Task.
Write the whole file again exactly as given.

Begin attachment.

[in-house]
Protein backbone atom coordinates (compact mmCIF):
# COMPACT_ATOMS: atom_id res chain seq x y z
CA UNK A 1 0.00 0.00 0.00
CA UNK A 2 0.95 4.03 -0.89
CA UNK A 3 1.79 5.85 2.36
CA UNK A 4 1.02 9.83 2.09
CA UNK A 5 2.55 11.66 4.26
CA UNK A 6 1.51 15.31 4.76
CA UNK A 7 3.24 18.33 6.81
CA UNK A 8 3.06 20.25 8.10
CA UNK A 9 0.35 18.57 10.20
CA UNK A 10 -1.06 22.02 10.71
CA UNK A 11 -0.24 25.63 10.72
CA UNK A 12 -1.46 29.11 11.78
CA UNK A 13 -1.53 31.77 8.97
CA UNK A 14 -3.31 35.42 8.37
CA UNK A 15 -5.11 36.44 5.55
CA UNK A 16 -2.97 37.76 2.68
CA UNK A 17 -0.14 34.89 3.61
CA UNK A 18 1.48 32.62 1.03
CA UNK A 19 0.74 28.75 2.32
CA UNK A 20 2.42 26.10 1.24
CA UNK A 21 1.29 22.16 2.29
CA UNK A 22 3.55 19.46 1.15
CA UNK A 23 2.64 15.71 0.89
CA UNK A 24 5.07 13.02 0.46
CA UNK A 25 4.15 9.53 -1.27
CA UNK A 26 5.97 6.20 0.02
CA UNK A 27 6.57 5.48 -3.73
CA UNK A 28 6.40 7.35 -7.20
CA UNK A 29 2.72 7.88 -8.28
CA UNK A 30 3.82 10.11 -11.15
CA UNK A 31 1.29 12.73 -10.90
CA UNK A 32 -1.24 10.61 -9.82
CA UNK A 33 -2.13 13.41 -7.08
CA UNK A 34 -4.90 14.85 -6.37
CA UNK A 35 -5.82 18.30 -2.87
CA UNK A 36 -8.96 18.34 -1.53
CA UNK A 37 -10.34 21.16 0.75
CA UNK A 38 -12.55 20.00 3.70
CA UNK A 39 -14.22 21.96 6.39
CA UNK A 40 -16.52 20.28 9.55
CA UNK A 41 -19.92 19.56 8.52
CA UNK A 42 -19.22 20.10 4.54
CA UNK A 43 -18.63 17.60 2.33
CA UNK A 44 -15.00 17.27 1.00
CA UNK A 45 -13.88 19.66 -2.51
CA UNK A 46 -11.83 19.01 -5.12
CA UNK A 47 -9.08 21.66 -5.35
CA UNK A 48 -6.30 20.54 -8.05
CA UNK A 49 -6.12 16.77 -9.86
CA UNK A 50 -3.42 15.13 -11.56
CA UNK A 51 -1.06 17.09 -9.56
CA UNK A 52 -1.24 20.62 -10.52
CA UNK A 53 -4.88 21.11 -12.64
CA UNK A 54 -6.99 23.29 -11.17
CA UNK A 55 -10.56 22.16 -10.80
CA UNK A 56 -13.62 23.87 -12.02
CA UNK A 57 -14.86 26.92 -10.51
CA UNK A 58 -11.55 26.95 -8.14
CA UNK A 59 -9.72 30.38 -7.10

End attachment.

[in-house]
Protein backbone atom coordinates (compact mmCIF):
# COMPACT_ATOMS: atom_id res chain seq x y z
CA UNK A 1 0.00 0.00 0.00
CA UNK A 2 0.95 4.03 -0.89
CA UNK A 3 1.79 5.85 2.36
CA UNK A 4 1.02 9.83 2.09
CA UNK A 5 2.55 11.66 4.26
CA UNK A 6 1.51 15.31 4.76
CA UNK A 7 3.24 18.33 6.81
CA UNK A 8 3.06 20.25 8.10
CA UNK A 9 0.35 18.57 10.20
CA UNK A 10 -1.06 22.02 10.71
CA UNK A 11 -0.24 25.63 10.72
CA UNK A 12 -1.46 29.11 11.78
CA UNK A 13 -1.53 31.77 8.97
CA UNK A 14 -3.31 35.42 8.37
CA UNK A 15 -5.11 36.44 5.55
CA UNK A 16 -2.97 37.76 2.68
CA UNK A 17 -0.14 34.89 3.61
CA UNK A 18 1.48 32.62 1.03
CA UNK A 19 0.74 28.75 2.32
CA UNK A 20 2.42 26.10 1.24
CA UNK A 21 1.29 22.16 2.29
CA UNK A 22 3.55 19.46 1.15
CA UNK A 23 2.64 15.71 0.89
CA UNK A 24 5.07 13.02 0.46
CA UNK A 25 4.15 9.53 -1.27
CA UNK A 26 5.97 6.20 0.02
CA UNK A 27 6.57 5.48 -3.73
CA UNK A 28 6.40 7.35 -7.20
CA UNK A 29 2.72 7.88 -8.28
CA UNK A 30 3.82 10.11 -11.15
CA UNK A 31 1.29 12.73 -10.90
CA UNK A 32 -1.24 10.61 -9.82
CA UNK A 33 -2.13 13.41 -7.08
CA UNK A 34 -4.90 14.85 -6.37
CA UNK A 35 -5.82 18.30 -2.87
CA UNK A 36 -8.96 18.34 -1.53
CA UNK A 37 -10.34 21.16 0.75
CA UNK A 38 -12.55 20.00 3.70
CA UNK A 39 -14.22 21.96 6.39
CA UNK A 40 -16.52 20.28 9.55
CA UNK A 41 -19.92 19.56 8.52
CA UNK A 42 -19.22 20.10 4.54
CA UNK A 43 -18.63 17.60 2.33
CA UNK A 44 -15.00 17.27 1.00
CA UNK A 45 -13.88 19.66 -2.51
CA UNK A 46 -11.83 19.01 -5.12
CA UNK A 47 -9.08 21.66 -5.35
CA UNK A 48 -6.30 20.54 -8.05
CA UNK A 49 -6.12 16.77 -9.86
CA UNK A 50 -3.42 15.13 -11.56
CA UNK A 51 -1.06 17.09 -9.56
CA UNK A 52 -1.24 20.62 -10.52
CA UNK A 53 -4.88 21.11 -12.64
CA UNK A 54 -6.99 23.29 -11.17
CA UNK A 55 -10.56 22.16 -10.80
CA UNK A 56 -13.62 23.87 -12.02
CA UNK A 57 -14.86 26.92 -10.51
CA UNK A 58 -11.55 26.95 -8.14
CA UNK A 59 -9.72 30.38 -7.10